Ezequiel Torres was born in Havana, Cuba to a musical family. Ezequiel and his sister, Neri, both became passionate about music and dance from their parents and from musicians who visited their home. They were particularly influenced by Orisha music and dances of the Santería religion.
At age 16, Ezequiel apprenticed under several master batá drum makers and players, eventually becoming a ceremonial performer and drum maker himself. In the 1970s, he taught percussion at Havana’s Escuela Nacional de Arte and was the musical director for dance classes at the Escuela Nacional de Instructores de Arte. He left Cuba for Miami in 1980 and established himself as one of the top makers and performers in the United States.
Ezequiel makes batá drums, “bantés” (beaded covers for batá drums) and beaded “shekerés” (gourd instruments). His instruments and bantés are considered to be of the highest quality, with demand from collectors, musicians and museums alike. Several of his pieces are housed in the permanent collection at the HistoryMiami Museum. His work has also been featured in the touring exhibition “Florida Folklife: Traditional Arts in Contemporary Communities,” the National Bead Museum in Washington D.C. and the book Just Above the Water: Florida Folk Art.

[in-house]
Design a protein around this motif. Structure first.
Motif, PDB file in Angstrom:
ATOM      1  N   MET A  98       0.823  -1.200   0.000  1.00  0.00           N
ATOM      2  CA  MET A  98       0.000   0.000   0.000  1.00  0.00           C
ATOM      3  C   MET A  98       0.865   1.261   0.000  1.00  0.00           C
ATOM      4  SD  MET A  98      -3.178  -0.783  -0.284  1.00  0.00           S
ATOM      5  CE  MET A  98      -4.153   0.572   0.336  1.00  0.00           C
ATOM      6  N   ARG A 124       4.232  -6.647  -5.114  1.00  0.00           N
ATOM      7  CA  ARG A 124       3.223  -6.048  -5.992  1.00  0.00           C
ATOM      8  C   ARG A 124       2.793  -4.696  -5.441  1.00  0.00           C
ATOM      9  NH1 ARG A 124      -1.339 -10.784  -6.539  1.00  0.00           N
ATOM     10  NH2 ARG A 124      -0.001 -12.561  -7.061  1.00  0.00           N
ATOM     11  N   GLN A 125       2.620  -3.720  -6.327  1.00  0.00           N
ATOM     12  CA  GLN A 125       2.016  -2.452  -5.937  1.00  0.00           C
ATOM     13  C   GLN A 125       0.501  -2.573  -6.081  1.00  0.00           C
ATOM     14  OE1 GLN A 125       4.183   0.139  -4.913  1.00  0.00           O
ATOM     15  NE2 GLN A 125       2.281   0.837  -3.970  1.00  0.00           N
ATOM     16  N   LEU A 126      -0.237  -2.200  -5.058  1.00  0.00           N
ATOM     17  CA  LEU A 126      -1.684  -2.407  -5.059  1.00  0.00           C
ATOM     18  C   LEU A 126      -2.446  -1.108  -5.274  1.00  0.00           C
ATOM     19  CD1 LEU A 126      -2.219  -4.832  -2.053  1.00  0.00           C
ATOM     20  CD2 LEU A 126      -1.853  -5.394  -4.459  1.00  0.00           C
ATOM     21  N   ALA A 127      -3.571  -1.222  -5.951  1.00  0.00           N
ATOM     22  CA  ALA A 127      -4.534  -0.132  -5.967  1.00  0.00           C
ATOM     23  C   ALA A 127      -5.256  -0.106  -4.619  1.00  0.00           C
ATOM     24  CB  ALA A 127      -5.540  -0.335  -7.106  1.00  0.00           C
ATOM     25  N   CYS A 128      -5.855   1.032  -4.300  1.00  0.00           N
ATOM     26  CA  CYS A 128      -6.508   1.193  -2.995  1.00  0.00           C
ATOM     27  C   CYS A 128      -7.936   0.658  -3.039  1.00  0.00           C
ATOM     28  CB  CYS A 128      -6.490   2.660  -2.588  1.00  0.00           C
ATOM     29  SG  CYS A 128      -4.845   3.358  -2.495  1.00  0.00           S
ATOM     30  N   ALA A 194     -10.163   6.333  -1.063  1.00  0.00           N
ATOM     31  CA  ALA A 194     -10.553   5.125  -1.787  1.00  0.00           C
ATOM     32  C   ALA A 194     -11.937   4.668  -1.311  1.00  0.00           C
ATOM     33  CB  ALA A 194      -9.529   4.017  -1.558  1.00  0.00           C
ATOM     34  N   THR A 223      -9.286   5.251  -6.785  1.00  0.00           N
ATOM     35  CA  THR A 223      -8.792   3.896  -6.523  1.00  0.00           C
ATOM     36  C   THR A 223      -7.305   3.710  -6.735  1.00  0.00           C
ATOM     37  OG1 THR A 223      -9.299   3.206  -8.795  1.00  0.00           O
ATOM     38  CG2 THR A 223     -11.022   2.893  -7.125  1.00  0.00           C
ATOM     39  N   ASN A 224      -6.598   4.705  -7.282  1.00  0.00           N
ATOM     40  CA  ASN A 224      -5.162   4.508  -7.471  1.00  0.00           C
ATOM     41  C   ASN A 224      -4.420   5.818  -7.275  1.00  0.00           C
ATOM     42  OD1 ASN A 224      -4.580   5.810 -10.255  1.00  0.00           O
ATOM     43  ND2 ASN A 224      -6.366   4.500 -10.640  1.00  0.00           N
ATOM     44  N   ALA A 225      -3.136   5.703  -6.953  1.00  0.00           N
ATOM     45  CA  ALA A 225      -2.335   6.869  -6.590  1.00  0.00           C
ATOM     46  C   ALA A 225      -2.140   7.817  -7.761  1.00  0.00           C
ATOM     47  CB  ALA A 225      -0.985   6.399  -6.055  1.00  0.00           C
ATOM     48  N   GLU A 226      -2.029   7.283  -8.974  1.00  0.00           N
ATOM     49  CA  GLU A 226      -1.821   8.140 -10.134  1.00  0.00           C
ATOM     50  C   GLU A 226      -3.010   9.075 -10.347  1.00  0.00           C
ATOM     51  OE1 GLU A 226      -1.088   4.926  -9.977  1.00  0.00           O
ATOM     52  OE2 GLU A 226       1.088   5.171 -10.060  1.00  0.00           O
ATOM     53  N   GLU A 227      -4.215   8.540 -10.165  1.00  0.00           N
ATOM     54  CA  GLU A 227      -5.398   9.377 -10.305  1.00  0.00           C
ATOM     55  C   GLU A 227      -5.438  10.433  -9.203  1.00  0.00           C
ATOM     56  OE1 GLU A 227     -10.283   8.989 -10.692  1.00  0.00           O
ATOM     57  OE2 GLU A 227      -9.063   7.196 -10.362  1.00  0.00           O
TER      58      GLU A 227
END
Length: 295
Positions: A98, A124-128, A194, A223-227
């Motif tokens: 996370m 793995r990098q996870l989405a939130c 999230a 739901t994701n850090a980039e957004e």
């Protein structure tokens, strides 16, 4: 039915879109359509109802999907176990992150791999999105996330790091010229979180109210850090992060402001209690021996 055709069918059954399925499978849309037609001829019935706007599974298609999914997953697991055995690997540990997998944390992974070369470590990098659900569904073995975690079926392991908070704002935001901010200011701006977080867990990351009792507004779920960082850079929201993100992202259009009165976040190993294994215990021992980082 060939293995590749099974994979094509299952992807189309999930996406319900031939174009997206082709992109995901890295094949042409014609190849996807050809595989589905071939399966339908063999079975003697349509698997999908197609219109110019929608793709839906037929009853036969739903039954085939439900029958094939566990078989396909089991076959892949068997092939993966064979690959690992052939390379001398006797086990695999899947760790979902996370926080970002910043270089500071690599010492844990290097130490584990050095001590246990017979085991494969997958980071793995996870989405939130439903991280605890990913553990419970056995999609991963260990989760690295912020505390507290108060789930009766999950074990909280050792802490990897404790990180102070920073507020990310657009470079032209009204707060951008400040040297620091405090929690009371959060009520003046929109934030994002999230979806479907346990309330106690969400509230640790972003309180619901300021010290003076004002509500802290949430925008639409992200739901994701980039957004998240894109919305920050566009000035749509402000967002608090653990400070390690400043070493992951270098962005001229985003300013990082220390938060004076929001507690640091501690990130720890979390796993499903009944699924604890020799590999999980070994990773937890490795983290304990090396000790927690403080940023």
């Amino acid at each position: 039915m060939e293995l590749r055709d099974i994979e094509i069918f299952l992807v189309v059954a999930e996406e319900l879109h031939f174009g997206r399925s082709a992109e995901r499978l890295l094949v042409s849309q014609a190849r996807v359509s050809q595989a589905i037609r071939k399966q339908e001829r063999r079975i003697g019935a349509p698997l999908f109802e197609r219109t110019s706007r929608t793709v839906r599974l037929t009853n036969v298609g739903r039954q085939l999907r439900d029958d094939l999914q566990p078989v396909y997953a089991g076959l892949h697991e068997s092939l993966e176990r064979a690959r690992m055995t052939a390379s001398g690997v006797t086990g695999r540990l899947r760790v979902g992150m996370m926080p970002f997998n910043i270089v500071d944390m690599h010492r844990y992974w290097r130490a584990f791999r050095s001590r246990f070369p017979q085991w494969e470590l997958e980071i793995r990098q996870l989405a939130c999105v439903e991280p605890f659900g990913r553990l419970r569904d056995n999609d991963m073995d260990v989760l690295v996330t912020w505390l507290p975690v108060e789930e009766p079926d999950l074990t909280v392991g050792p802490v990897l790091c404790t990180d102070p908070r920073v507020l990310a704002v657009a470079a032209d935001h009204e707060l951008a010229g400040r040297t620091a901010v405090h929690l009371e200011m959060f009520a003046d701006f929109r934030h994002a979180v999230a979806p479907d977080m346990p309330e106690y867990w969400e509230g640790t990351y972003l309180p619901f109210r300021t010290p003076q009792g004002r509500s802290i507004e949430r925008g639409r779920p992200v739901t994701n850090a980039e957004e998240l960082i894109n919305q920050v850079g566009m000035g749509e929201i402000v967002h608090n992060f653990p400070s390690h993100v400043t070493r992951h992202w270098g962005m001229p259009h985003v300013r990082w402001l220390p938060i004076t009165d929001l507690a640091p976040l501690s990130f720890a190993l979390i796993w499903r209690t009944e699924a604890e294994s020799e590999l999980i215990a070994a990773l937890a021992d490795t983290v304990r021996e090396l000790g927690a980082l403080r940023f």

Ezequiel also served as the Musical Director for IFÉ-ILÉ (see Neri Torres) from 1996 to 2001 and continues to teach and perform during the IFÉ-ILÉ annual festival.
Ezequiel is highly decorated in the state of Florida as a Folk Heritage Award winner, recipient of Individual Artist Fellowships, six-time Master Artist in the Folklife Apprenticeship program, Artist-in-Residence for the HistoryMiami Museum (January through March 2012) and Artist-in-Residence for Florida Folklife Program and Florida State University’s Center for Music of the Americas (2012). In 2010 he was honored with the National Heritage Fellowship from the National Endowment for the Arts.